July 15 will remain as an unforgettable night in Turkey's history, with our own fighter jets bombing our own Parliament building and our own soldiers opening fire on civilians in several locations throughout the country. Yet what remains in the aftermath of the bloody night is a stronger Turkish democracy and a more hypocritical West
I took my family on a much-deserved but long-delayed summer vacation on July 15. If you are traveling with a family member who is in a wheelchair you get pretty exhausted. Upon reaching our destination on the beautiful Mediterranean Sea, near Antalya, I wanted to relax to the point where only the world ending would get me up. My wife woke me up immediately when she heard the news on television that the world as we know it was about to come to an end: The Turkish military was trying to overthrow the government.
The images of the tanks rolling through the streets of Istanbul and Ankara occupied the TV screens; our own fighter jets bombing our Parliament building; our helicopters spraying our Presidential Palace with bullets. However crowds were now also filling the screens. Everybody on social media was asking people to go out and to stop the tanks and prevent the troops from invading the radio stations. President Recep Tayyip Erdoğan, calling TV stations on Facetime, asked people to go out on the streets and roll back the coup. Now millions were on the streets. We had live videos from every corner of Ankara and Istanbul. My wife and I were about the leave the hotel and go to Antalya city center when I saw this rolling text on the TV screen: Professor İlhan Varank was murdered by the soldiers around the Police Headquarters in Istanbul while he was with a group of people defending the building against the soldiers.
It was a balmy Istanbul evening on the last day of Ramadan. The next day was Ramadan Bayram, beginning a nine-day holiday. Varank and a common colleague of ours, and our wives, were breaking our fasts. We were anxiously looking forward to this extended holiday. Varank and his wife would host his father and mother.
Varank is (was - I still cannot speak in the past-tense when referring to him) a prominent education technology expert at his university. I had followed his career development from the early days. I had a column then in the Turkey edition of Byte magazine. He and his brother used to send me emails when almost no one had the slightest idea what an email was. He was a pioneer in computer science. He had built an email server in his school. He later came to Ohio State University for his graduate studies; he completed his Ph.D. on computer-assisted teaching technologies. Then his younger brother followed in his steps and did graduate studies in the U.S.
That night İlhan hodja - as we emphatically address him - promised to visit our new campus and see the smart-classroom technologies we were installing; he proudly said that he might suggest something newer. He was the chairperson of a technical university. The bayram and a long holiday ahead of us, we decided to call each other in the middle of the next month.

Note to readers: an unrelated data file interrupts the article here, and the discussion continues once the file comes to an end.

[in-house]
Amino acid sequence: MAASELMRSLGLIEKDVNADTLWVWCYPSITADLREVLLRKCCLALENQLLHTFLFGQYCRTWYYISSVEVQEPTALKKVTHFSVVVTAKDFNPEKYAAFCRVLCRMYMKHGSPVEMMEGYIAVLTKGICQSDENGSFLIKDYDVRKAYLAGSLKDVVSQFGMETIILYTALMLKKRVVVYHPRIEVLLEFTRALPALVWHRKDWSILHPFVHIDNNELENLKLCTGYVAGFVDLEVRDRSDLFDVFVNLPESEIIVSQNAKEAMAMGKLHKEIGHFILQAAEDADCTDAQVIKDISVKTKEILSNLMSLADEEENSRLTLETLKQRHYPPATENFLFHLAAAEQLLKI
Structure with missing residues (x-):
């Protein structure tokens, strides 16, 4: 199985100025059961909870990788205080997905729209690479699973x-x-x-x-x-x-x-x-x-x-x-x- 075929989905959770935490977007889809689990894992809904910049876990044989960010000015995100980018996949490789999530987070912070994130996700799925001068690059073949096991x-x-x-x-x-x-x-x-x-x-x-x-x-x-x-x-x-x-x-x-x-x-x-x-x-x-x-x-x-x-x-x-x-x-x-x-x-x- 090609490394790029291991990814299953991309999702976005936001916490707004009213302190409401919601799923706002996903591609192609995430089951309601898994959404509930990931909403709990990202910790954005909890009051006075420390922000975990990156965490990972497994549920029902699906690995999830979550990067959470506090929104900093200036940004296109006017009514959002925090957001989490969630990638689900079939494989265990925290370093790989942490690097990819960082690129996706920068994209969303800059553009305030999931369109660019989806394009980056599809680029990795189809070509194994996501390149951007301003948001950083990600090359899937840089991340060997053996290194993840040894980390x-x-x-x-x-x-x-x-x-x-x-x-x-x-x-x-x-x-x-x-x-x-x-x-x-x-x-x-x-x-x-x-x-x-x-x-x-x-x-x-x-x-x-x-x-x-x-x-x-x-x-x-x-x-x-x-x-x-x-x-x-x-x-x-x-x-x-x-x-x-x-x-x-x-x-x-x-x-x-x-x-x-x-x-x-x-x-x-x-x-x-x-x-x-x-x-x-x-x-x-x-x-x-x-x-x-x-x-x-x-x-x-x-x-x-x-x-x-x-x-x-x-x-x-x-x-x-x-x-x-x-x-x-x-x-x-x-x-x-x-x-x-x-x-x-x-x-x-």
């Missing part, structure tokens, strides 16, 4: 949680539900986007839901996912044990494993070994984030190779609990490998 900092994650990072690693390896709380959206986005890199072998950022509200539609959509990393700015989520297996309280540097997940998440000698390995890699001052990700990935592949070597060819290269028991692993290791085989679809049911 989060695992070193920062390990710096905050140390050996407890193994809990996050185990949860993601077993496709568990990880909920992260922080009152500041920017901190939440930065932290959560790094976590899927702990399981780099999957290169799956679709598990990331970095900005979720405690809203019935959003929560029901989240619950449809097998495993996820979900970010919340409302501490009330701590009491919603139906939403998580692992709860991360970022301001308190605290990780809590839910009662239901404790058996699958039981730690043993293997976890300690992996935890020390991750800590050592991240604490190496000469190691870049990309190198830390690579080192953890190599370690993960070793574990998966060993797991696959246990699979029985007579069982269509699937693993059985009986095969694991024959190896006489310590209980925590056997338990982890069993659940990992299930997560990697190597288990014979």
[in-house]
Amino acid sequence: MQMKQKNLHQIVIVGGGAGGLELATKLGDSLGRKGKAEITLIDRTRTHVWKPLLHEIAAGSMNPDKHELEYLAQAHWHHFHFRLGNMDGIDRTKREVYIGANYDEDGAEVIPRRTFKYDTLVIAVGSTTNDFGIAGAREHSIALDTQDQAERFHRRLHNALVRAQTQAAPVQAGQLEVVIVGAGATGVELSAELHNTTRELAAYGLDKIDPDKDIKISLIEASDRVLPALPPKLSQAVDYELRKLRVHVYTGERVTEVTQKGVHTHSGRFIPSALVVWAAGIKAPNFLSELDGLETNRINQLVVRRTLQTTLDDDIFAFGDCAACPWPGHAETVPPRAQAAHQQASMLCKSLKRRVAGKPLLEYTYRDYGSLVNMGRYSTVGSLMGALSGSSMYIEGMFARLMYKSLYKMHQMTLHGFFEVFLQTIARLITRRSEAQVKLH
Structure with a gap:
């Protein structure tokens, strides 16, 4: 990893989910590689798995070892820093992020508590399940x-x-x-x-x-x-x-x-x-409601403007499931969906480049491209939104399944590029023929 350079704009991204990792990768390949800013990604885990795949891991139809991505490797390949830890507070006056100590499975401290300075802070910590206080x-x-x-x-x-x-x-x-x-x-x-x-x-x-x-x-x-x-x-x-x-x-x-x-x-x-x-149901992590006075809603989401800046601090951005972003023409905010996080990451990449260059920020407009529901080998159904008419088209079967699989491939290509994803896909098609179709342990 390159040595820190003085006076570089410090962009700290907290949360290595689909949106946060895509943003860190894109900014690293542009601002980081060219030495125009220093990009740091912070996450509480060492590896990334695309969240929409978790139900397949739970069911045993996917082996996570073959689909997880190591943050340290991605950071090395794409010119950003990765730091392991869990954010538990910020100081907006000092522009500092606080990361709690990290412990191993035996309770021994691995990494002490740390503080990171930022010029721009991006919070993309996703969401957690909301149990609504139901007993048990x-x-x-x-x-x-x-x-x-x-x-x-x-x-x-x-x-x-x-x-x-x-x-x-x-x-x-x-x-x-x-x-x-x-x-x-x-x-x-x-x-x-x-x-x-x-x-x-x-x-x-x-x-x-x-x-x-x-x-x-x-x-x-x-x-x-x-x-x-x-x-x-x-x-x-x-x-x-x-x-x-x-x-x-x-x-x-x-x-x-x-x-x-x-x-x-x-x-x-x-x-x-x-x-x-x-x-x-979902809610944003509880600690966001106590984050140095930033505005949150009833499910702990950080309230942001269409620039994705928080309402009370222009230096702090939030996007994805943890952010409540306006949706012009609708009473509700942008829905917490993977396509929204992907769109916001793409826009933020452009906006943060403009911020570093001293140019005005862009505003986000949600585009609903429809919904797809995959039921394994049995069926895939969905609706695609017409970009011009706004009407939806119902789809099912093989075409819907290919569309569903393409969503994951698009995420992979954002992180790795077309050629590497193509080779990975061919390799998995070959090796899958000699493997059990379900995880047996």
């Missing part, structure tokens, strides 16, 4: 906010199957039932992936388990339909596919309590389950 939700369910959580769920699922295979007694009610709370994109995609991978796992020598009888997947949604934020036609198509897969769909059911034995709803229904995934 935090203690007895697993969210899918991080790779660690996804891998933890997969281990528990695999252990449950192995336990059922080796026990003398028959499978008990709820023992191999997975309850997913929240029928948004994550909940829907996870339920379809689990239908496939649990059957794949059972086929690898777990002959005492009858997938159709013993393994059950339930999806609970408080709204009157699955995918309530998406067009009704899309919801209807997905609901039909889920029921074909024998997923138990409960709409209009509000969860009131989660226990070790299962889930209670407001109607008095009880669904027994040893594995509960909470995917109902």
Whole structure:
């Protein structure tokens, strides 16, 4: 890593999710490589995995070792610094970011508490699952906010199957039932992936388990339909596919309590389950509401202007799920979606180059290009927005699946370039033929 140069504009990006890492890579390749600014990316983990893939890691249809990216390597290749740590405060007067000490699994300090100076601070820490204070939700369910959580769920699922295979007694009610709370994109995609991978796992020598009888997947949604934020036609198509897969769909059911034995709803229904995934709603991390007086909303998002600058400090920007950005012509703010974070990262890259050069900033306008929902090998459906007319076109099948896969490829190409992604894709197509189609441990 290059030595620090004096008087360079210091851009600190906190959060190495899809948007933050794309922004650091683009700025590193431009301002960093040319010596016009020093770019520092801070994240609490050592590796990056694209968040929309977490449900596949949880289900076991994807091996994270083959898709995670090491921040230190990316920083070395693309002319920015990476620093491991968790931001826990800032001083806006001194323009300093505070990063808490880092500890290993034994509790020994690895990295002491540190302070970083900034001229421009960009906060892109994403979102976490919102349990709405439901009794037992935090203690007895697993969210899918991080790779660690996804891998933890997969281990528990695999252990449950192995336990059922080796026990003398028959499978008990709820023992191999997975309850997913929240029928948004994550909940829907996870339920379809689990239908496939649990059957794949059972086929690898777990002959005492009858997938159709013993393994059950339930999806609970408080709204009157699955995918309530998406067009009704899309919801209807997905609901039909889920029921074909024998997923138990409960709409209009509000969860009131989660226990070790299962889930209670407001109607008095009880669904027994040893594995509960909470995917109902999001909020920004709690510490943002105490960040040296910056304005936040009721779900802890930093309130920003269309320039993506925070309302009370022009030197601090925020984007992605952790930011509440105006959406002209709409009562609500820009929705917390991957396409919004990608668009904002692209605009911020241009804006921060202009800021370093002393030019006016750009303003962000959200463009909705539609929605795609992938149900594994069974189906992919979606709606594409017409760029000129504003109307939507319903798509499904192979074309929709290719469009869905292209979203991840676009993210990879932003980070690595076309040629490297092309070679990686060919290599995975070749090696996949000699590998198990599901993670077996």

I was going to call him in a couple of days to set up his visit to our campus.
He was surely but humbly going to suggest a new router or a newer model of a server.
He was going to greet our people with his sunshine smile, one that made you think you had known him forever.
He would share a large bag of hazelnuts from his native Black Sea coast.
We would, in short, have a wonderful time - I, learning from him, he, prodding me to criticize Turkish media and politics. But the TV screen was flashing that none of these were possible any more: My friend İlhan, the father of two wonderful children, had been killed defending a police headquarters against the Turkish military.
Fifty days later on CNN, U.S. President Barack Obama said that Turkey had gone through "a tumultuous event." He added, "You know, this coup was serious."
It was not an ear-shattering event that happened on that fateful night: Our world had been shattered. It was not an ear-piercing event: Our hearths had been pierced. Since I read that rolling text announcing his name and later all 240 names of the deceased, the whole world was soundless. There is only one tumultuous sound in my ears: When are the culprits of this coup attempt going to be punished? The only closure we may have for the fallen and the veterans of that night will come seeing the chief architect of this putsch in a courtroom.
The media as well as many government officials, public prosecutors and the arrested soldiers in their testimonies are pointing the finger at one person: Fetullah Gülen, a self-exiled Turkish citizen and a legal resident of Pennsylvania.
U.S. authorities have not even put him under provisional arrest yet. This reluctance is fanning the flames of anti-Americanism and provides support to the speculation that Gülen was prepared as the leader of a so-called reformed Islamic movement in the Middle East as part of the U.S. Greater Middle East Project, and now being protected by the neo-cons, who designed and developed it.
The president says the U.S. would continue to work with us as we try to stabilize our lives. I am wondering how he is going to do that when his assistant secretary of state who oversees Turkish affairs is married to one of them.
About the author
Hakkı Öcal is an award-winning journalist. He currently serves as academic at Ibn Haldun University.